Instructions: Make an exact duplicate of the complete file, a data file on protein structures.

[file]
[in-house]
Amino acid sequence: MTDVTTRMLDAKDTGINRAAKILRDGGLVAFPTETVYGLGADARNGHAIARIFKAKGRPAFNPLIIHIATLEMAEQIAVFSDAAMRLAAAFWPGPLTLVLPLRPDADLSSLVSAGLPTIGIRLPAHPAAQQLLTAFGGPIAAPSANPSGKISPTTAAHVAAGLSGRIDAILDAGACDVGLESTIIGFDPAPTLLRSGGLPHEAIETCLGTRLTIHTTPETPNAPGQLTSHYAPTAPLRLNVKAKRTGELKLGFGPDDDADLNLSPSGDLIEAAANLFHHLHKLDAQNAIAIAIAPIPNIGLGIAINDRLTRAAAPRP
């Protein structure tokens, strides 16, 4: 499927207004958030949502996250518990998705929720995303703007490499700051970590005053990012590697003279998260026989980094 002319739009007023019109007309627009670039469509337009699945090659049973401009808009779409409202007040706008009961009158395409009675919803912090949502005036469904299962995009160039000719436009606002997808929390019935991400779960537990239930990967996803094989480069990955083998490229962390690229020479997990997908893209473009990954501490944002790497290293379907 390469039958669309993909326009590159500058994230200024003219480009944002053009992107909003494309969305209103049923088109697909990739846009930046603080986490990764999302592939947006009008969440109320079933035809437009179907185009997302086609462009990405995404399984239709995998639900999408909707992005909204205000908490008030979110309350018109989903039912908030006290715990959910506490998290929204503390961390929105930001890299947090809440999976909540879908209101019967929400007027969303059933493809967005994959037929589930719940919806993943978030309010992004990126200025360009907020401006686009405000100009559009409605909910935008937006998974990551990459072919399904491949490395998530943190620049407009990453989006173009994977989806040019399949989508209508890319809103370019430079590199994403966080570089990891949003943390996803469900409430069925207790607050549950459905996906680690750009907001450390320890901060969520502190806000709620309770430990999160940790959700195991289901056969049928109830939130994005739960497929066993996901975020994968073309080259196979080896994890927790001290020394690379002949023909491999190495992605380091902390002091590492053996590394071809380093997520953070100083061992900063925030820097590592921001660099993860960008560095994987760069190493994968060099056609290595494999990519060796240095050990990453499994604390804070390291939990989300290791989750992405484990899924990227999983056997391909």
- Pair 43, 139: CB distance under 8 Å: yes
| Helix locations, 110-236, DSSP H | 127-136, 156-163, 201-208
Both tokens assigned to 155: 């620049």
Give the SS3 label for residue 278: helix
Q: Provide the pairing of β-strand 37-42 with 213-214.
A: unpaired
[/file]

[in-house]
Amino acid sequence: MTDVTTRMLDAKDTGINRAAKILRDGGLVAFPTETVYGLGADARNGHAIARIFKAKGRPAFNPLIIHIATLEMAEQIAVFSDAAMRLAAAFWPGPLTLVLPLRPDADLSSLVSAGLPTIGIRLPAHPAAQQLLTAFGGPIAAPSANPSGKISPTTAAHVAAGLSGRIDAILDAGACDVGLESTIIGFDPAPTLLRSGGLPHEAIETCLGTRLTIHTTPETPNAPGQLTSHYAPTAPLRLNVKAKRTGELKLGFGPDDDADLNLSPSGDLIEAAANLFHHLHKLDAQNAIAIAIAPIPNIGLGIAINDRLTRAAAPRP
């Protein structure tokens, strides 16, 4: 499927207004958030949502996250518990998705929720995303703007490499700051970590005053990012590697003279998260026989980094 002319739009007023019109007309627009670039469509337009699945090659049973401009808009779409409202007040706008009961009158395409009675919803912090949502005036469904299962995009160039000719436009606002997808929390019935991400779960537990239930990967996803094989480069990955083998490229962390690229020479997990997908893209473009990954501490944002790497290293379907 390469039958669309993909326009590159500058994230200024003219480009944002053009992107909003494309969305209103049923088109697909990739846009930046603080986490990764999302592939947006009008969440109320079933035809437009179907185009997302086609462009990405995404399984239709995998639900999408909707992005909204205000908490008030979110309350018109989903039912908030006290715990959910506490998290929204503390961390929105930001890299947090809440999976909540879908209101019967929400007027969303059933493809967005994959037929589930719940919806993943978030309010992004990126200025360009907020401006686009405000100009559009409605909910935008937006998974990551990459072919399904491949490395998530943190620049407009990453989006173009994977989806040019399949989508209508890319809103370019430079590199994403966080570089990891949003943390996803469900409430069925207790607050549950459905996906680690750009907001450390320890901060969520502190806000709620309770430990999160940790959700195991289901056969049928109830939130994005739960497929066993996901975020994968073309080259196979080896994890927790001290020394690379002949023909491999190495992605380091902390002091590492053996590394071809380093997520953070100083061992900063925030820097590592921001660099993860960008560095994987760069190493994968060099056609290595494999990519060796240095050990990453499994604390804070390291939990989300290791989750992405484990899924990227999983056997391909």
- Pair 43, 139: CB distance under 8 Å: yes
| Helix locations, 110-236, DSSP H | 127-136, 156-163, 201-208
Both tokens assigned to 155: 């620049």
Give the SS3 label for residue 278: helix
Q: Provide the pairing of β-strand 37-42 with 213-214.
A: unpaired